A Topographical and Historical Description of Boston

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request of the City Council, 1871 - Boston (Mass.) - 720 pages
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Page 29 - Thus out of small beginnings greater things have been produced by His hand that made all things of nothing, and gives being to all things that are; and, as one small candle may light a thousand, so the light here kindled hath shone unto many, yea in some sort to our whole nation; let the glorious name of Jehovah have all the praise.
Page 46 - Morefields, &c. till the nine a clock Bell rings them home to their respective habitations, when presently the Constables walk their rounds to see good orders kept, and to take up loose people.
Page 18 - Name of the Council Established at Plymouth in the County of Devon, for the Planting, Ruling, Ordering and Governing of New England in America...
Page 602 - ... approaches of Washington's besieging army, although the buildings since erected in the vicinity have shut out almost every object save the steeple of the Old South, which seems almost within arm's length. Descending from the cupola, I paused in the garret to observe the ponderous white-oak framework, so much more massive than the frames of modern houses, and thereby resembling an antique skeleton.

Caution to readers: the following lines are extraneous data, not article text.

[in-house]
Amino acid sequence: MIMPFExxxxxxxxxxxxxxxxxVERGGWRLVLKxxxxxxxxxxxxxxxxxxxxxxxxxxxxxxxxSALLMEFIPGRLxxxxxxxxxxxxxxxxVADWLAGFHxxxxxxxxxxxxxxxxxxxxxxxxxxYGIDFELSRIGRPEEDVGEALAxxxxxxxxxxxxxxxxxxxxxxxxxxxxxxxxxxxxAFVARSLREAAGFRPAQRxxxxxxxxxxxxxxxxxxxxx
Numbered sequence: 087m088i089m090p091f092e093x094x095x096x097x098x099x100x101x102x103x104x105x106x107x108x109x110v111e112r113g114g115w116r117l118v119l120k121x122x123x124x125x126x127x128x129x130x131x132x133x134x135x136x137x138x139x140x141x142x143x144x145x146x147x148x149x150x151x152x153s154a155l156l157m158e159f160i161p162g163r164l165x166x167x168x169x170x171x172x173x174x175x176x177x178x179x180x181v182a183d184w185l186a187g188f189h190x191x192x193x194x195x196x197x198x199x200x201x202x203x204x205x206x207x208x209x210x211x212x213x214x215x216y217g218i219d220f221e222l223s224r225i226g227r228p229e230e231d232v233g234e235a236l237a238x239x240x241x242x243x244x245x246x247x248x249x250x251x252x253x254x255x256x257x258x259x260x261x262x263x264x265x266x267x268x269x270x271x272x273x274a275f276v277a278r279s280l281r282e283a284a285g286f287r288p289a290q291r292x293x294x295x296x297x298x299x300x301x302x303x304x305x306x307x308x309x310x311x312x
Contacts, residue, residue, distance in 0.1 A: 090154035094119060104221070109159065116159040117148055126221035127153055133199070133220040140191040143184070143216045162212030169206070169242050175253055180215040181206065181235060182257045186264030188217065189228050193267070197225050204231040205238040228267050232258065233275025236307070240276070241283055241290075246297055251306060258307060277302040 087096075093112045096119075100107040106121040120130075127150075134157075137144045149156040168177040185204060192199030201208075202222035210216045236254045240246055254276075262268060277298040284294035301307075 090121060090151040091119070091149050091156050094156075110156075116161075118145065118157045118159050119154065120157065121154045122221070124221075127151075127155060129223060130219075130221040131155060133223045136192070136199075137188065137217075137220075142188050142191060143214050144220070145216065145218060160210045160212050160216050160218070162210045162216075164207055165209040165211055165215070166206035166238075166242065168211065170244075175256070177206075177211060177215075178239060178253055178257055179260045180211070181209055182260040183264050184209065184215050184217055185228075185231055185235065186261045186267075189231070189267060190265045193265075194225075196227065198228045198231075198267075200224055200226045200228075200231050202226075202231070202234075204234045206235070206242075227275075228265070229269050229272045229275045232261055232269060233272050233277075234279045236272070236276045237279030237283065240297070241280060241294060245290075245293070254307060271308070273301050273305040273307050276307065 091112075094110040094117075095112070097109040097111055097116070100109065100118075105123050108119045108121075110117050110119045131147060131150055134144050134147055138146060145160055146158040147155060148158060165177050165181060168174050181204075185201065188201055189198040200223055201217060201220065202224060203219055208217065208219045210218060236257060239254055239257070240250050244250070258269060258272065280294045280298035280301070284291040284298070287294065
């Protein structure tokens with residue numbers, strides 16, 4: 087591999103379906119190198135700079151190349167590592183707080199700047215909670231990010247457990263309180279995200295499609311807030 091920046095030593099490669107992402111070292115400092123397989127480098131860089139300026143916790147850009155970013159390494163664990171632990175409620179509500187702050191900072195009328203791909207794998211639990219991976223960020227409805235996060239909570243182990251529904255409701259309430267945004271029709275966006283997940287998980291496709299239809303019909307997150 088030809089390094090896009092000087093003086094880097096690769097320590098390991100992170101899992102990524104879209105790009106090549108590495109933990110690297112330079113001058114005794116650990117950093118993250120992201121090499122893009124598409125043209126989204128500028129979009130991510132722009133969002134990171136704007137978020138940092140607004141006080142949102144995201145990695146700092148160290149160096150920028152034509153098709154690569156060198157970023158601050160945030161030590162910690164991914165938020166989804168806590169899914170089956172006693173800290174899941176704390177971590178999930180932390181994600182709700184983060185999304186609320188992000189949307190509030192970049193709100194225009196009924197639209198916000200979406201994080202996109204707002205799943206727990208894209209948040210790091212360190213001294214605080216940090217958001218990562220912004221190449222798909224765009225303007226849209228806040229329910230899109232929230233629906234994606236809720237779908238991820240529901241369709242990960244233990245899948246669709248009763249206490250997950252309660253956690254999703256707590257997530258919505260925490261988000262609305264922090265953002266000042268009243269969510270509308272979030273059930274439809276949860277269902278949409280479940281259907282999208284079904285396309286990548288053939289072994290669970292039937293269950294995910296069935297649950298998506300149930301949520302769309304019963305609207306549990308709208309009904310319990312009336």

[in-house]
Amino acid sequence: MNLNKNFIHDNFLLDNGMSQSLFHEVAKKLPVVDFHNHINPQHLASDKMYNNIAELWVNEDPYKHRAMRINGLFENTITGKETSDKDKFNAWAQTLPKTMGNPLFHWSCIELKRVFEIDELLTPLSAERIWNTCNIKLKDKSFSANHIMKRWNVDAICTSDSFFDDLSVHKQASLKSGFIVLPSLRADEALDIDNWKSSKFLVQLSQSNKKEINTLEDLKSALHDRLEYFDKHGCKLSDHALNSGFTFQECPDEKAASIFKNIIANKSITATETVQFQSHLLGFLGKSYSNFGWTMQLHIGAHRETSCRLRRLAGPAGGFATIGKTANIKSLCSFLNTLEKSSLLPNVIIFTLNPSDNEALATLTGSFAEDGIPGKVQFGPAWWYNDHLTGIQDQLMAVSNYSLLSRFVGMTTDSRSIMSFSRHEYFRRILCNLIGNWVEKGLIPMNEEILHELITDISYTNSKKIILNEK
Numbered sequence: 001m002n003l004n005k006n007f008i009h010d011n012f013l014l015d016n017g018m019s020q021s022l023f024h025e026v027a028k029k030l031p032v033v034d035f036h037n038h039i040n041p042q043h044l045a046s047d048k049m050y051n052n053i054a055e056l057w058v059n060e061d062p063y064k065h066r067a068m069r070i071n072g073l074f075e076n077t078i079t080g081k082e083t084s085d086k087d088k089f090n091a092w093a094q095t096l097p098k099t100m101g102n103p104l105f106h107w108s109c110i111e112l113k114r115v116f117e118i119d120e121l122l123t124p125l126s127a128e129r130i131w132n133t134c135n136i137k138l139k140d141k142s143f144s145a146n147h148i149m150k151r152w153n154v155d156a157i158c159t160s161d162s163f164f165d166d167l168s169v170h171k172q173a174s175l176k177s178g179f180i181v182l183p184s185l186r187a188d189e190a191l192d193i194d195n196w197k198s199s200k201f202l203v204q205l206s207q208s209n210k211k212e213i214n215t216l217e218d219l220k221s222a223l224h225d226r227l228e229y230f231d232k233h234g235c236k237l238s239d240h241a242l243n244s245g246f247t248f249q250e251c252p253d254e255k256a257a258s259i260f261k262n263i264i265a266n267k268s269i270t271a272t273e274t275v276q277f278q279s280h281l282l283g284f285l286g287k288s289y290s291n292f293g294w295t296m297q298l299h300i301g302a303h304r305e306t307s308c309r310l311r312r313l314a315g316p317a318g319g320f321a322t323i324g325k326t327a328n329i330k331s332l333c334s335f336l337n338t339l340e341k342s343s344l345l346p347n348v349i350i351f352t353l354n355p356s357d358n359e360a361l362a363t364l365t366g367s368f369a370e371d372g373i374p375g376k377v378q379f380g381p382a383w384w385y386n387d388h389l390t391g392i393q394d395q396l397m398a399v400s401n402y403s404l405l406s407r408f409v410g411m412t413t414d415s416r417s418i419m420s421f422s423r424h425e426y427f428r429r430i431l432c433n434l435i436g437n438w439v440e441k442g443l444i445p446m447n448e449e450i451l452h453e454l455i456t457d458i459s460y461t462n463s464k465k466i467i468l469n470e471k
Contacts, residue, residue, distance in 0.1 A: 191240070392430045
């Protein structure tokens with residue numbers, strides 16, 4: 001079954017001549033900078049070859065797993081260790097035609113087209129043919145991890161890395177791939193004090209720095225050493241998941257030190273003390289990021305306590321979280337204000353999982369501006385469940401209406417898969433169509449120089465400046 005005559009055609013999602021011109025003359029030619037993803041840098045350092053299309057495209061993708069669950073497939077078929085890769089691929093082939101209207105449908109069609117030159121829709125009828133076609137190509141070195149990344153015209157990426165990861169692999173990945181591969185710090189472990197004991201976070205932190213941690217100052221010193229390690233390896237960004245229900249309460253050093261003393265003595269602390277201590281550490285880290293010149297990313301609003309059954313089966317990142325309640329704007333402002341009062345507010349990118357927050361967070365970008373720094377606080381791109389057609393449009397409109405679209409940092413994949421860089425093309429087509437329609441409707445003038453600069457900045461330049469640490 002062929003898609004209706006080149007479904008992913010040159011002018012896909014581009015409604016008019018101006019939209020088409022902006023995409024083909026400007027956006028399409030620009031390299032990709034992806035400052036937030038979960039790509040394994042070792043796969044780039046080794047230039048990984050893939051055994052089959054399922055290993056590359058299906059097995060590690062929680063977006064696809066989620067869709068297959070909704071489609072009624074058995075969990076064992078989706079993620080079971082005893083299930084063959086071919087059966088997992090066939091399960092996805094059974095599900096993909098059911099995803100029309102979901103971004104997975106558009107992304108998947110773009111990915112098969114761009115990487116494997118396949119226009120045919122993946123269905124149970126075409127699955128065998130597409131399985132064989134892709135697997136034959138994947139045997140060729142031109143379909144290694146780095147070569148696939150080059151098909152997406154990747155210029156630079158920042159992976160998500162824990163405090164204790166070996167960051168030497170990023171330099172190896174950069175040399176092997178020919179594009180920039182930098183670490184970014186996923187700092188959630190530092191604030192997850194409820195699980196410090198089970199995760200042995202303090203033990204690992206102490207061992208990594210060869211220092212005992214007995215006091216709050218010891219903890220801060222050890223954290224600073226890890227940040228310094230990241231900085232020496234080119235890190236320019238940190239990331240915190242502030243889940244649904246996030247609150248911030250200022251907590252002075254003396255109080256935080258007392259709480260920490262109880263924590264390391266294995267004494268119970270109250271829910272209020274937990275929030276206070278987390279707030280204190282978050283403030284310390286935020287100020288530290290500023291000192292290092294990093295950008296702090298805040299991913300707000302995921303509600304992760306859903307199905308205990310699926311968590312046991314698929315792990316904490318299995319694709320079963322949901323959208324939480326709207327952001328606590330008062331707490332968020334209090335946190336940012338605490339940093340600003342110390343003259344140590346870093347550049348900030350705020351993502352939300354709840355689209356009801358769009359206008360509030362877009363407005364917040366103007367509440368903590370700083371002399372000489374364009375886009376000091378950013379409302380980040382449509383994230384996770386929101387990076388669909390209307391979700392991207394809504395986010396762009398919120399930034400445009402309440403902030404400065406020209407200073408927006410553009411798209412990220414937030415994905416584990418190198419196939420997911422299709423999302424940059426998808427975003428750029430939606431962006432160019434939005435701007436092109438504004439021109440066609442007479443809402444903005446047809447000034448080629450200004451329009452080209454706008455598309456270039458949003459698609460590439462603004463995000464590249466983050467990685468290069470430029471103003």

Page 18 - The Treasurer and Company of Adventurers and Planters of the City of London for the first Colony in Virginia: ******** VI.
Page 625 - It is therefore ordered by this Court and the authority thereof, that the...
Page 218 - Maintained a large family comfortably; And brought up thirteen children and seven grand-children, Reputably. From this instance, reader, Be encouraged to diligence in thy calling And distrust not Providence.
Page 24 - The humble request of his Majesty's loyal subjects, the Governor and the company late gone for New England ; to the rest of their brethren in and of the church of England.
Page 218 - He was a pious and prudent man, She a discreet and virtuous woman. Their youngest son, In filial regard to their memory, Places this stone.
Page 32 - In those days God did cause his people to trust in him, and to be contented with mean things. It was not accounted a strange thing in those days to drink water, and to eat samp or hominy without butter or milk. Indeed, it would have been a strange thing to see a piece of roast beef, mutton or veal ; though it was not long before there was roast goat.

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